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Old 07-04-15, 09:01 AM
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I tend to spin at whatever is comfortable given the road surface, incline, etc. For me, it's all about finding the balance between cadence and effort, if that makes sense. If I'm spinning quickly, but don't feel enough tension in the legs to speed up/maintain speed, then I'll shift up a gear. Conversely, if I come up on an incline, and I know the effort is going to be high, I'll shift down a gear or two to spin up. On steeper climbs, I'll aim for a cadence of 85-90 (though sometimes my gears just don't go low enough for "those" types of hills, haha).

https://www.strava.com/activities/337267408/analysis

Here's one ride that I thought everything felt right, and you can see that my cadence tends to be in the 80s. Never truly constant, but within 5-10rpm or so.
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Old 07-04-15, 11:12 AM
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I ride at 90-105 rpm and shift accordingly. I do recall that in the past, when I was just getting back to serious riding, I had trouble holding 85 to 95 for extended periods, but now I can hold the new faster cadence for almost hour without an trouble. I take a break at that point, and then do it some more.

My guess is the op's cadence will improve with time.
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Old 07-05-15, 06:14 PM
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My bike computer does show cadence but before I had it I would count 1-2-3-4, 1-2-3-4 which is about 80 rpm. The slower the rpm, the more efficient I can pedal. At 80 rpm, my overall efficiency is the best. If I keep increasing the rpm, the pedal efficiency drops. At 100 rpm, I start bouncing in the saddle. So right now I’m trying to work on both. What seems to work for me is to concentrate on pedal efficiency one foot at a time while increasing my cadence. I can only guess that the cyclists that can maintain 90-100 rpm are really efficient pedalers as well.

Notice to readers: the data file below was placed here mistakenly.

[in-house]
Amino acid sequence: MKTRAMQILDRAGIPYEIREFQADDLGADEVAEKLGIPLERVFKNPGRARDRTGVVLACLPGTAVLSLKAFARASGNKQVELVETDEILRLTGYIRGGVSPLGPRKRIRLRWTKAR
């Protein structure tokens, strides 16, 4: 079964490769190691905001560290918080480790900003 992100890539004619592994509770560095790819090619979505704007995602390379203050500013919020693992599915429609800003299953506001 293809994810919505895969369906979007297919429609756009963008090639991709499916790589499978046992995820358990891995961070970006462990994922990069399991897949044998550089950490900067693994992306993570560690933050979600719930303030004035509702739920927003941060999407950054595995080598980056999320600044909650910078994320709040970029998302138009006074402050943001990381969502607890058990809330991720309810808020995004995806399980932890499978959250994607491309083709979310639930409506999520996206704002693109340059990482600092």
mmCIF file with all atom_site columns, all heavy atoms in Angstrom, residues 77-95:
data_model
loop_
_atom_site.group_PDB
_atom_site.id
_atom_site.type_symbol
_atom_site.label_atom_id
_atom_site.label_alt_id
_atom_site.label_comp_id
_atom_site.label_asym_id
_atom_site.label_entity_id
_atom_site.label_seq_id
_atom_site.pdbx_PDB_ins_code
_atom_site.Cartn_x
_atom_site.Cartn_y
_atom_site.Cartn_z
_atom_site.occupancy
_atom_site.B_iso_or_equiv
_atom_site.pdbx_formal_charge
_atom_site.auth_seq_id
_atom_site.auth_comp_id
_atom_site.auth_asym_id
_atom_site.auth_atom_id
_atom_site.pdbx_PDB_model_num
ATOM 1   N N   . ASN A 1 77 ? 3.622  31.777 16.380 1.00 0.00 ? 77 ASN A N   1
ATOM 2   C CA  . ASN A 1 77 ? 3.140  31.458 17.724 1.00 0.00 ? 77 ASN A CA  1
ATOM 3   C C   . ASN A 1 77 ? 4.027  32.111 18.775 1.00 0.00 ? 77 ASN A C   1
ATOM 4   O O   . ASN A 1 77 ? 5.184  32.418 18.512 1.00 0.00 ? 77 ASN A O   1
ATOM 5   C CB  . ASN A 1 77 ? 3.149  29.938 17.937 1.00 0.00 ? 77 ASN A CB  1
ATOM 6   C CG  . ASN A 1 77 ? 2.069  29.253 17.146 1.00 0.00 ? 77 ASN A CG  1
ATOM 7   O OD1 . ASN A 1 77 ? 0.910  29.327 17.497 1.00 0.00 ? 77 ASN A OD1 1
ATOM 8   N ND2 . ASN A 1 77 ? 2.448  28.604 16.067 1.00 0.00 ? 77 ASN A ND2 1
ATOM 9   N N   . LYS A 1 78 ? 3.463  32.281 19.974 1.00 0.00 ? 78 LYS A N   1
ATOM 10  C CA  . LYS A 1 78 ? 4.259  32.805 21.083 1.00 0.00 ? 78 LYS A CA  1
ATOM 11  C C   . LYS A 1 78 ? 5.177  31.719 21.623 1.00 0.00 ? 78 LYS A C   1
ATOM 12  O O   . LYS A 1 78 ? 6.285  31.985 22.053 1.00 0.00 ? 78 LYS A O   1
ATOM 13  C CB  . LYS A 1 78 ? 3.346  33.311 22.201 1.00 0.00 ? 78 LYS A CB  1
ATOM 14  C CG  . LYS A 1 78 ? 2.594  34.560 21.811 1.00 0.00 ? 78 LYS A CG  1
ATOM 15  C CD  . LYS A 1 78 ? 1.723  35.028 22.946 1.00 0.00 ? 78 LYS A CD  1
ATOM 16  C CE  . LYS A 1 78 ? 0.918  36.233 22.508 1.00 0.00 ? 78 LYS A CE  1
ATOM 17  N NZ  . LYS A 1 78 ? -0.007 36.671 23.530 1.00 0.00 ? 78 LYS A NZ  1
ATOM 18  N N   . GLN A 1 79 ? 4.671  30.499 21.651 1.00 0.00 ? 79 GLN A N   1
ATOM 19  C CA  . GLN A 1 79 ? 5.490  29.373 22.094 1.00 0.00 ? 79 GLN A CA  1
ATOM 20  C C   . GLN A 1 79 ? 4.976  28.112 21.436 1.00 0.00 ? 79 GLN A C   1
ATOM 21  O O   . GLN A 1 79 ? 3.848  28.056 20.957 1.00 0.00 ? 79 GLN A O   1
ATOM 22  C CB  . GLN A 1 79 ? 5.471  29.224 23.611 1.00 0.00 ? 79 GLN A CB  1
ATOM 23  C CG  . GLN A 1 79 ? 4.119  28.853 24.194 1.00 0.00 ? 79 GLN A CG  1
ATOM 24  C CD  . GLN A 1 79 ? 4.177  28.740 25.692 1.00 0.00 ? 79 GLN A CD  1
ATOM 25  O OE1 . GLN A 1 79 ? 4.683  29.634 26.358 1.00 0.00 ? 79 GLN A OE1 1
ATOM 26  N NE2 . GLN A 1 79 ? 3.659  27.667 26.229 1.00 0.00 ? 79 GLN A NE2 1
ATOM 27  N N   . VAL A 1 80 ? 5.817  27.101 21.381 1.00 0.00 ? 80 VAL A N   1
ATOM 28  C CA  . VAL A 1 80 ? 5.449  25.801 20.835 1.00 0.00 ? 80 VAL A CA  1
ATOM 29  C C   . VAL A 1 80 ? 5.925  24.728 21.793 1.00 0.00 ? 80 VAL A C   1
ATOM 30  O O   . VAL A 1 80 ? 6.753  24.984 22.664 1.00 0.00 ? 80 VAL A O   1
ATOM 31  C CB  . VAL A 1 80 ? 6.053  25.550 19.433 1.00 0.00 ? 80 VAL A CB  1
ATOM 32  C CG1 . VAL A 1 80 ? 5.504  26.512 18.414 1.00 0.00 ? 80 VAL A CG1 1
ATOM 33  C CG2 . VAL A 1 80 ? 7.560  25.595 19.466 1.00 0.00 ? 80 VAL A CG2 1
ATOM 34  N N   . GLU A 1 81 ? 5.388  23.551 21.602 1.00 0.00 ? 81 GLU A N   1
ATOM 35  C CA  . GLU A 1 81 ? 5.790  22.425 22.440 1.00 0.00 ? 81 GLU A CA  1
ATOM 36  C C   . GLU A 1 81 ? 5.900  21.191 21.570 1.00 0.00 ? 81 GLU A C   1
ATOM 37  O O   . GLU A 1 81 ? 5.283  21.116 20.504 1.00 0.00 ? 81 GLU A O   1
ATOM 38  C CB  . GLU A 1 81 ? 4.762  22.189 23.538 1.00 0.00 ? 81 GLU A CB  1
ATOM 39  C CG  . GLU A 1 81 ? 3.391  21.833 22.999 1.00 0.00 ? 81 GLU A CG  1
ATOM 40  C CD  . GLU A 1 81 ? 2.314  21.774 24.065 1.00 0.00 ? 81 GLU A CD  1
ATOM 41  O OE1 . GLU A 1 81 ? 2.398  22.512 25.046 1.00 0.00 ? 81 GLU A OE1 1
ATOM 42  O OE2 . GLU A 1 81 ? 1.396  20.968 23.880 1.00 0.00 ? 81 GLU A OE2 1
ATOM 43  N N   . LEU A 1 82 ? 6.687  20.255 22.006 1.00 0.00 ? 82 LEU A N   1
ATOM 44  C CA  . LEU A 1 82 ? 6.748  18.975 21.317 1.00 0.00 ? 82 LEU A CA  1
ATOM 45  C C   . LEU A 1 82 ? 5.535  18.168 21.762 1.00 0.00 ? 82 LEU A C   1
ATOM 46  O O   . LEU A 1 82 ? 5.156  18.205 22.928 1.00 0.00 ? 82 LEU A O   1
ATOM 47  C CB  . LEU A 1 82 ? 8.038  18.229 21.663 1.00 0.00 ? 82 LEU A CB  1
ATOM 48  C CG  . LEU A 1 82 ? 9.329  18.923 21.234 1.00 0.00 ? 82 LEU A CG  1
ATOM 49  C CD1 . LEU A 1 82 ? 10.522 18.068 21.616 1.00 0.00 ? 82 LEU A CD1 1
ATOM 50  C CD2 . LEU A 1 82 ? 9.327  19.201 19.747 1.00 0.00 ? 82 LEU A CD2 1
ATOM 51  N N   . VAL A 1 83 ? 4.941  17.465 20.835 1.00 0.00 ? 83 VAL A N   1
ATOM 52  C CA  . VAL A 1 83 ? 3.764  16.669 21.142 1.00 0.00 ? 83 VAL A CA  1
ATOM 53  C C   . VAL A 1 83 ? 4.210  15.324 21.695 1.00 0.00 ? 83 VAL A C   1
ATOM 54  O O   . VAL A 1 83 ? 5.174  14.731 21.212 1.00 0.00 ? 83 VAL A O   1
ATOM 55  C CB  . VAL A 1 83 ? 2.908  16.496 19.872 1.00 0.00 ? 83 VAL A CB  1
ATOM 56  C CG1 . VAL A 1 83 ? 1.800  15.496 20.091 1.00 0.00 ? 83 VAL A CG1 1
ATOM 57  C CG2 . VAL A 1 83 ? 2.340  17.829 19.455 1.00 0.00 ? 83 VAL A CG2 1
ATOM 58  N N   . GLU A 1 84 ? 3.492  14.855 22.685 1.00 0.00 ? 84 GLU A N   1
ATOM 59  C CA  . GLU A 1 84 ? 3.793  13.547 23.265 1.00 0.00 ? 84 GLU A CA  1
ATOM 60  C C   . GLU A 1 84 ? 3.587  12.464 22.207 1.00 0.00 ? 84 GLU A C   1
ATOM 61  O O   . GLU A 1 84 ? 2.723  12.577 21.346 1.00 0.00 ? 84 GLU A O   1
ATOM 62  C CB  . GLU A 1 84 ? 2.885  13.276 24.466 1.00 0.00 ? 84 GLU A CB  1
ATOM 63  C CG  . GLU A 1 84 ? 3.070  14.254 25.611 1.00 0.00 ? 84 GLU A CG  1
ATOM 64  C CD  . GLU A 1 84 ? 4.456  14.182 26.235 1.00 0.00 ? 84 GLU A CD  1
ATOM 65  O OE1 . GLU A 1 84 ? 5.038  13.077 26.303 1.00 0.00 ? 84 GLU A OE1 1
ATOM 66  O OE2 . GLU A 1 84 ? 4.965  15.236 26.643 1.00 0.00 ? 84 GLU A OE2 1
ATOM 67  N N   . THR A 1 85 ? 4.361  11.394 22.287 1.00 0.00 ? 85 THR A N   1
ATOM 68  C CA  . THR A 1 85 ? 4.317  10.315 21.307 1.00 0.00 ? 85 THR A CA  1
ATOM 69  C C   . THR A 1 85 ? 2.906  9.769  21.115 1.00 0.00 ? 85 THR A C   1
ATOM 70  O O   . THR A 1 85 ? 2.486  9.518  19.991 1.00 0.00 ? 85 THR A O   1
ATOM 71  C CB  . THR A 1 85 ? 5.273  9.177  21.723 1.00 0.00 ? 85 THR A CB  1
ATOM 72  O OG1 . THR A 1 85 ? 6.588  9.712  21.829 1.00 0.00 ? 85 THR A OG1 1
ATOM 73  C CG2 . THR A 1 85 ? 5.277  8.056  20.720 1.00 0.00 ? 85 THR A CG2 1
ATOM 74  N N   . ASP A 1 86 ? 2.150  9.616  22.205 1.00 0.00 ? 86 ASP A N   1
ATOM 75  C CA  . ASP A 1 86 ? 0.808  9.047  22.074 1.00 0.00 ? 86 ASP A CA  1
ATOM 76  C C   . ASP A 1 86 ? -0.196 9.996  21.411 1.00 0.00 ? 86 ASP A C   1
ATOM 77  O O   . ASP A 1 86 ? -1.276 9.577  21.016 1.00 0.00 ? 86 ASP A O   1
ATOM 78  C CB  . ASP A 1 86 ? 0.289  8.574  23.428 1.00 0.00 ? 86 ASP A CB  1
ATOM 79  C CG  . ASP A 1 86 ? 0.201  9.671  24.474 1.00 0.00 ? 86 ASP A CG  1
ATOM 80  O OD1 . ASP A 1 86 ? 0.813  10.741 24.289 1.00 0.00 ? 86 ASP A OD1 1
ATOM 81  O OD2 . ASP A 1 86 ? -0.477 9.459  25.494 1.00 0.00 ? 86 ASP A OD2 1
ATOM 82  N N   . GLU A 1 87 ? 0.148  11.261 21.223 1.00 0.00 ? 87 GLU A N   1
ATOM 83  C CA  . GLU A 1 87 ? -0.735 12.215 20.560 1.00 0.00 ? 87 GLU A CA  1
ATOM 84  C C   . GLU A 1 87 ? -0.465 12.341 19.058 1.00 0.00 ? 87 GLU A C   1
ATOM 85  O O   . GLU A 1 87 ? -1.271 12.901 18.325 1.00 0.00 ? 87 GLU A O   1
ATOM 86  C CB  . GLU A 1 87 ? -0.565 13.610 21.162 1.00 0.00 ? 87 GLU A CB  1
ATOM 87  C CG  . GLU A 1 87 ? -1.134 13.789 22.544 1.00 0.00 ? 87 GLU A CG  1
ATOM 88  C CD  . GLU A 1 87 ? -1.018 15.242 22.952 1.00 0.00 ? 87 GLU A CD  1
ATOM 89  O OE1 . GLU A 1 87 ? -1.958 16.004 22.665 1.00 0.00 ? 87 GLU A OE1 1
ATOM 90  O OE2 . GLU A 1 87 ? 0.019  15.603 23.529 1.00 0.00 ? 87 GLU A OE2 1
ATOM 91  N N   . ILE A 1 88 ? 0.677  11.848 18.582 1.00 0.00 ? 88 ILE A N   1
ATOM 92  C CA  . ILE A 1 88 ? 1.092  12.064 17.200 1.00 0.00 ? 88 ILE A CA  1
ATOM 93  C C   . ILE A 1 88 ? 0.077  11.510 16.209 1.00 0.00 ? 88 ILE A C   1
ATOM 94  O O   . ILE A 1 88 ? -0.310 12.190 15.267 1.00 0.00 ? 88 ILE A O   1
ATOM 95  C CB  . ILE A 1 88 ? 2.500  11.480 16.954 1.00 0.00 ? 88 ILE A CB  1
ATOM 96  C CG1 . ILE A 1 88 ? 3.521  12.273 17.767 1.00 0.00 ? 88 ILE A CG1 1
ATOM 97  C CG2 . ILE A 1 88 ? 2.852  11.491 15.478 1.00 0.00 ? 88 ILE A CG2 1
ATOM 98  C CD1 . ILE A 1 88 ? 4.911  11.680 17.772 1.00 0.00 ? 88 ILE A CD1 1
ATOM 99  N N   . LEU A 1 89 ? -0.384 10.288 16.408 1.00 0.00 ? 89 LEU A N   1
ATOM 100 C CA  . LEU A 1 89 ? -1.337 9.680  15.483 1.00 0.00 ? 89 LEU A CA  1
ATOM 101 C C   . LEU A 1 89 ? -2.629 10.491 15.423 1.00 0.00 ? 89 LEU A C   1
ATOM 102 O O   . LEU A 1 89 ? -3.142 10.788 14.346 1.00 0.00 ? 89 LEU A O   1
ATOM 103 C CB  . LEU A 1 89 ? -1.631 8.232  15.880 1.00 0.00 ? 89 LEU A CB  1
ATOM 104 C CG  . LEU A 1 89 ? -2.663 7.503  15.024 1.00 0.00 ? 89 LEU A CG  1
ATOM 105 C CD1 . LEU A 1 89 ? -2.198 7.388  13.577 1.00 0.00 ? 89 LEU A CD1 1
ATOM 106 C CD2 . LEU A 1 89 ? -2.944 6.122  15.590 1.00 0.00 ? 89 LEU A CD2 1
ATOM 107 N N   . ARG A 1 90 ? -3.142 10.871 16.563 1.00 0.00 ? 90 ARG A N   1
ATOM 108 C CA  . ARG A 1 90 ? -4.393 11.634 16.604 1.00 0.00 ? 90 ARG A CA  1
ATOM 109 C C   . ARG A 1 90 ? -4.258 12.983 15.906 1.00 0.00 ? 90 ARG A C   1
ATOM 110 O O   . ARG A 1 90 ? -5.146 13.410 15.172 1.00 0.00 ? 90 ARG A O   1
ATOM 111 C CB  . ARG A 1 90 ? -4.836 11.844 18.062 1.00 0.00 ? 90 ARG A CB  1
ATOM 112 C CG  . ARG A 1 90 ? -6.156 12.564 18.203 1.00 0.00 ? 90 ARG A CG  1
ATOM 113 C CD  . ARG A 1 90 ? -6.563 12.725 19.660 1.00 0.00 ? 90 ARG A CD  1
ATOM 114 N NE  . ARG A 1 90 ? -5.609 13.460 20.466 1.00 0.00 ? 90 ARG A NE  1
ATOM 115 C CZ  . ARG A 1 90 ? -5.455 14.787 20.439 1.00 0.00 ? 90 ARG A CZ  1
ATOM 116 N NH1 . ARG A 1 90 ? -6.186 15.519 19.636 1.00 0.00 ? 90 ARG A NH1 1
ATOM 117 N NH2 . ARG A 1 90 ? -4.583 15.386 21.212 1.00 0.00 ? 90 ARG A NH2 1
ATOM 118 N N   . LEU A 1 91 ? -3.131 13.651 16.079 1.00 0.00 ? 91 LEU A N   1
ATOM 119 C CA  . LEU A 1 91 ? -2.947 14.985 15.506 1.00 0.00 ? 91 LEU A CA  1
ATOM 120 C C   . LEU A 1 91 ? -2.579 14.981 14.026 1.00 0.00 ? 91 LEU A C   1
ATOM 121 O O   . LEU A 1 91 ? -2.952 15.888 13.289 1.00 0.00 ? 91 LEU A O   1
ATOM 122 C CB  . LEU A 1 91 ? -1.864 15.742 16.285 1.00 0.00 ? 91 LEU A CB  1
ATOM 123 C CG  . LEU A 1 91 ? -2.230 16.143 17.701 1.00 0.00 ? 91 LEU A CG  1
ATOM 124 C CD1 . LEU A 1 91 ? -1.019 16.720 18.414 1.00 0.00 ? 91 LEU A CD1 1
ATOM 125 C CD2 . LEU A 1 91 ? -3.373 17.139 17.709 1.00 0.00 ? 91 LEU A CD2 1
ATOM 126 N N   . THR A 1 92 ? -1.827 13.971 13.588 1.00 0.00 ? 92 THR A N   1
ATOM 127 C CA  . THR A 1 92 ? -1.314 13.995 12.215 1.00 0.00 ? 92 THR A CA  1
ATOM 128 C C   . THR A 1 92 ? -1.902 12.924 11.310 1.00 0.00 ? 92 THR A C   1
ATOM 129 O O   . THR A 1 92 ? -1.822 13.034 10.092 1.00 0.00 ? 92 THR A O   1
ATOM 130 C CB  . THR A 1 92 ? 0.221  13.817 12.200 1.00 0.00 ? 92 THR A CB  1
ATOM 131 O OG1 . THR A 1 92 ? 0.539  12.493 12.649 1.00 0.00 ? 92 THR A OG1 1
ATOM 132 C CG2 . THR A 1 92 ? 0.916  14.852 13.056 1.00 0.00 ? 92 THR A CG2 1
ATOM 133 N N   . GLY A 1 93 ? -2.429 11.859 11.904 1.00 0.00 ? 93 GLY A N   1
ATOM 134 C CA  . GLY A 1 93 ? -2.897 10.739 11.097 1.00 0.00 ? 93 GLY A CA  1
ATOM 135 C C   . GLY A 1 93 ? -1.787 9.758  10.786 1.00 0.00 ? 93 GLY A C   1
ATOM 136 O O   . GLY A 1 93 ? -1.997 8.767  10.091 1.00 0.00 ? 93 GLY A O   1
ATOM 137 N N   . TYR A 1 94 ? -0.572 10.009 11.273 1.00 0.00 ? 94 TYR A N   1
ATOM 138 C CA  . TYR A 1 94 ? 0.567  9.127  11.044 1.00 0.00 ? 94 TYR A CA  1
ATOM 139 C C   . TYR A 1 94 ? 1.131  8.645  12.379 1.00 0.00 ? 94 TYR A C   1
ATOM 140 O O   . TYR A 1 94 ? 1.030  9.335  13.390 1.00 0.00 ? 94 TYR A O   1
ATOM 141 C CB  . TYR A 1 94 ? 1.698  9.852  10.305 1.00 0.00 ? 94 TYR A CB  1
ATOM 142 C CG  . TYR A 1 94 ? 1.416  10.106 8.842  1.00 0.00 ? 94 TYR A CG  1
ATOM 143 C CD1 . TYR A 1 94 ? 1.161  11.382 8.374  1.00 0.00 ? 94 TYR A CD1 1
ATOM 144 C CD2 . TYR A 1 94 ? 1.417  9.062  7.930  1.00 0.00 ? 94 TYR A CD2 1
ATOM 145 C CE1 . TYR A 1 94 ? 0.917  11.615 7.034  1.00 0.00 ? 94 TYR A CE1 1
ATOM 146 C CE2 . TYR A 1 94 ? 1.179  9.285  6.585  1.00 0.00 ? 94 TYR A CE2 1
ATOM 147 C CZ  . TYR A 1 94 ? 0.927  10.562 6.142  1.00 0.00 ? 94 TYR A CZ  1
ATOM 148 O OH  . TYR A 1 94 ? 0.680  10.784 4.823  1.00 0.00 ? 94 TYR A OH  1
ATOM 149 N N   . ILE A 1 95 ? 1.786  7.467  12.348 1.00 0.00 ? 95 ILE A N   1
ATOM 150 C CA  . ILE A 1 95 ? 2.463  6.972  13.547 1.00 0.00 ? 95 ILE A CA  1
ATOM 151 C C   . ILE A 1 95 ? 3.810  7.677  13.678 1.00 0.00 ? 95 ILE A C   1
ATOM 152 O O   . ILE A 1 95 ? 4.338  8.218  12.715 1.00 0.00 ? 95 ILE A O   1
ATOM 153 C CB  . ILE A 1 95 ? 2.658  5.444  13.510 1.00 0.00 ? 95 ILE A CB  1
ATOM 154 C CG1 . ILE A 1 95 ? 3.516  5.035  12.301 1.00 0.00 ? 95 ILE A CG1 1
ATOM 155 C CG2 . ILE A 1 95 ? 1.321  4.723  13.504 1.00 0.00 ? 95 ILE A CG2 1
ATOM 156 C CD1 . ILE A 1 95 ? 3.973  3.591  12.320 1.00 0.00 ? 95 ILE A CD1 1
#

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Old 07-05-15, 06:42 PM
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If the road isn't flat all the time, expect to shift a lot. I recently got a Ultegra Di2 system on my bike and it interfaces to my Garmin unit where I can see what gear I'm in. In a 15 mile segment, the computer is telling me that I shifted on the cassette through 315 gear changes. I pretty much keep a constant cadence of about 85-90 and the shifting is second nature, almost don't even know I'm doing it.

So the answer is to plan on shifting a lot. That's why you have the gears, to make it easy on the motor (you).

J.
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Old 07-07-15, 08:56 AM
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Originally Posted by sstorkel View Post